While Biden cheered on the job market, which was unprecedented in any presidential term, “it’s not possible for us to see record-breaking employment reports like last year every month,” said.

“But that indicates a healthy economy.”

Others are not so optimistic. Tesla’s Elon Musk and JPMorgan’s Jamie Dimon believe the apocalypse is upon us in the near future.

In an email leaked to Reuters on Friday, Tesla said it felt “very bad” about the job market and economic conditions in the coming months. The world’s richest person has urged other billionaires to “stop hiring worldwide”. Musk said there are “too many employees in many areas” and that Tesla (NASDAQ: TSLA ) is reducing its workforce by 10%. However, things will increase for “cars, battery packs or solar arrays actually,” Musk said. He added that this means “the number of hourly workers will increase” (not good for inflation).

Musk is not alone in his thoughts. Driver-call companies Uber Technologies (NYSE: UBER ) Inc and Lyft Inc (NASDAQ: LYFT ) last month announced online used car retailer Carvana to cut 12% of its workforce.

JPM’s Dimon forecast storm clouds over economy as ‘I’m changing, it’s a hurricane’. said.

“You had better prepare yourself. JPMorgan (NYSE: JPM ) preparing, we will be very conservative on our balance sheet.”

“It’s sunny now, doing well. Everyone thinks the Fed can handle it. This hurricane is on the horizon heading towards us. We don’t know if it’s a small hurricane or a super storm like Sandy … or Andrew.”

The problem is that this regression is very slow.

Despite Musk’s pessimistic prophecy, labor demand remains high: 6,000 in the Midwest, according to Biden, Ford (IS: FROTO ) and 20,000 in Intel’s Ohio will enter the facility.

OANDA Analyst Ed Moya agrees:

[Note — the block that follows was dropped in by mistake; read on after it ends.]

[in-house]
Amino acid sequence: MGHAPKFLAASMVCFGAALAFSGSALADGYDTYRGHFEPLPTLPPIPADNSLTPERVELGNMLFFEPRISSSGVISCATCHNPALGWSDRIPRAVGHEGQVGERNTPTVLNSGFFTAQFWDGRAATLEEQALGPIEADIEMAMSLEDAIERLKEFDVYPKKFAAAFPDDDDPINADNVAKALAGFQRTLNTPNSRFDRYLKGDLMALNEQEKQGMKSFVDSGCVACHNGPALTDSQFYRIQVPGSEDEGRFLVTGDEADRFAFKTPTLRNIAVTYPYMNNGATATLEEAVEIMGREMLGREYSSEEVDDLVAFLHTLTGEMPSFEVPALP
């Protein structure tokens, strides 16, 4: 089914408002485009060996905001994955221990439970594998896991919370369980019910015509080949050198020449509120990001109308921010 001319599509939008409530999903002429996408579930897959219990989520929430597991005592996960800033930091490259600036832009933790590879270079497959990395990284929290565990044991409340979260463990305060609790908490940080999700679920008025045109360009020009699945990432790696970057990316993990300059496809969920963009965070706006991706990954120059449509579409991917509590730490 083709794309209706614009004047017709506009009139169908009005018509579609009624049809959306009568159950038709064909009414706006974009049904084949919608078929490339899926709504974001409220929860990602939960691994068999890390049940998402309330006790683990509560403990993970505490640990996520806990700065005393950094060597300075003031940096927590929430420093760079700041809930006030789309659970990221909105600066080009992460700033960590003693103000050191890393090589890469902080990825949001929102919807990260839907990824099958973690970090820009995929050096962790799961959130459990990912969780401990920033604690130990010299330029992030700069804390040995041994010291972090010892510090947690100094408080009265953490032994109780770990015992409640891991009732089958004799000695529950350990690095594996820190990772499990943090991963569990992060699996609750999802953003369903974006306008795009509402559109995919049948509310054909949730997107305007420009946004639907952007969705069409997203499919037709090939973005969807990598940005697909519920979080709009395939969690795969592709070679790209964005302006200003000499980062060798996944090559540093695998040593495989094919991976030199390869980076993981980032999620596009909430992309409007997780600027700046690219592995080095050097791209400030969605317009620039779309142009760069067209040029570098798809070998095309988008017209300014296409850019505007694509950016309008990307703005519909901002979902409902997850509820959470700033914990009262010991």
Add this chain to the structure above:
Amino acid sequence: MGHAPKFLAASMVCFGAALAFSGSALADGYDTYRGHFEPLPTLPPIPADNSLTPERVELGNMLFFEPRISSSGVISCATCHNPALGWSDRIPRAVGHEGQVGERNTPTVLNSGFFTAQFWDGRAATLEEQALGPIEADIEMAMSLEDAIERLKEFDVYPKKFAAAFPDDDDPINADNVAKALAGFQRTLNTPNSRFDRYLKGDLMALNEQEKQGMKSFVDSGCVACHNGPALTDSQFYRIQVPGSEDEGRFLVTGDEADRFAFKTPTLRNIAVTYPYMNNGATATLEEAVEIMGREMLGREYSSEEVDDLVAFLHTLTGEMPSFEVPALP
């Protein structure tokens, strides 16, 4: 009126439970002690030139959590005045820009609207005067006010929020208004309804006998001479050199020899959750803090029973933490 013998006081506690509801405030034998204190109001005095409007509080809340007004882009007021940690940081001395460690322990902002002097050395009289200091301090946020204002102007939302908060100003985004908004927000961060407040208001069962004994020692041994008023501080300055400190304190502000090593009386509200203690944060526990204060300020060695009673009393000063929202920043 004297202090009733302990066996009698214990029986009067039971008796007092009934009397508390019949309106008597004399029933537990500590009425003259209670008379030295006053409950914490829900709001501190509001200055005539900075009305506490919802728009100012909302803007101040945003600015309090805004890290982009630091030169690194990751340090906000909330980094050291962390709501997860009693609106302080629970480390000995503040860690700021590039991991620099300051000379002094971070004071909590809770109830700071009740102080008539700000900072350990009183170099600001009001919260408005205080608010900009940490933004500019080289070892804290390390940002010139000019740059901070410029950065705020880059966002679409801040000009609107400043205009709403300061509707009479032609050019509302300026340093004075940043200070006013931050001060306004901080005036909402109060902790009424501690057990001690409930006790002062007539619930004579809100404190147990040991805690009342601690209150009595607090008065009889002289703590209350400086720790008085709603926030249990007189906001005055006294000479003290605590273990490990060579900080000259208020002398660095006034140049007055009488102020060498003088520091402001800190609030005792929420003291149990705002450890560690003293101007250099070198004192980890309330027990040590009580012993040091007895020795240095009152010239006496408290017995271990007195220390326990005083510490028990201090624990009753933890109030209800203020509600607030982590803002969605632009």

“Data showing slower hiring and lower wages suggests economic growth is slowing, but not at a pace that supports course the Fed will change. The consumer may be losing the battle against inflation, but spending will not ease anytime soon.”

US consumer confidence fell to a three-month low in May, the Conference Board said. However, economists have expressed surprise that consumer sentiment is in relatively good shape, despite lower intentions to buy cars, homes, appliances and even some resignation to holiday plans.

And at the heart of these inflationary pressures are rising oil and fuel prices.

WTI and Brent hit three-month highs above $120 on Friday.

The average price of gasoline at the pump in the US hit an all-time high this week, approaching $4.76 compared to $3.04 a year ago. Diesel was $3.19 a year ago, now $5.58 on average.

The connection between the labor market and the oil market is simple: as the monthly number of employees increases, so does the energy consumption for commuting.

Unless job growth slows significantly, the oil market will continue to trend higher – amid maximum supply pressures and demand remaining at pre-pandemic highs. Inflation is likely to follow, despite policymakers’ best efforts.

Good luck Fed.

Oil: Market Activity and Weekly Closes

Besides the May jobs report, there was another reason for Friday’s oil market rally: Mohammed bin Salman.

Crude oil prices approached $120 on Friday after President Joe Biden touted the possibility of a trip to Saudi Arabia to visit the crown prince as trivial.

Biden told reporters at the White House, “I have no direct plans to go to Saudi Arabia at the moment, but there is a possibility of going to the Middle East,” said.

Brent rose $2.11 to $119.72. It had previously seen session highs at $120.05. On a weekly basis, it ended the third straight week up 0.2%.

WTI rose $2 to $118.87. It ended the week up 3%.

Brent and WTI rose on Thursday despite the possibility of a Biden-Mohammed bin Salman (MbS) meeting. The President was reportedly to travel to Riyadh for a summit with MbS and other Arab leaders in the Gulf as part of State Department plans.

These reports come shortly after OPEC+ announced it will increase production by 648,000 per day in July and August.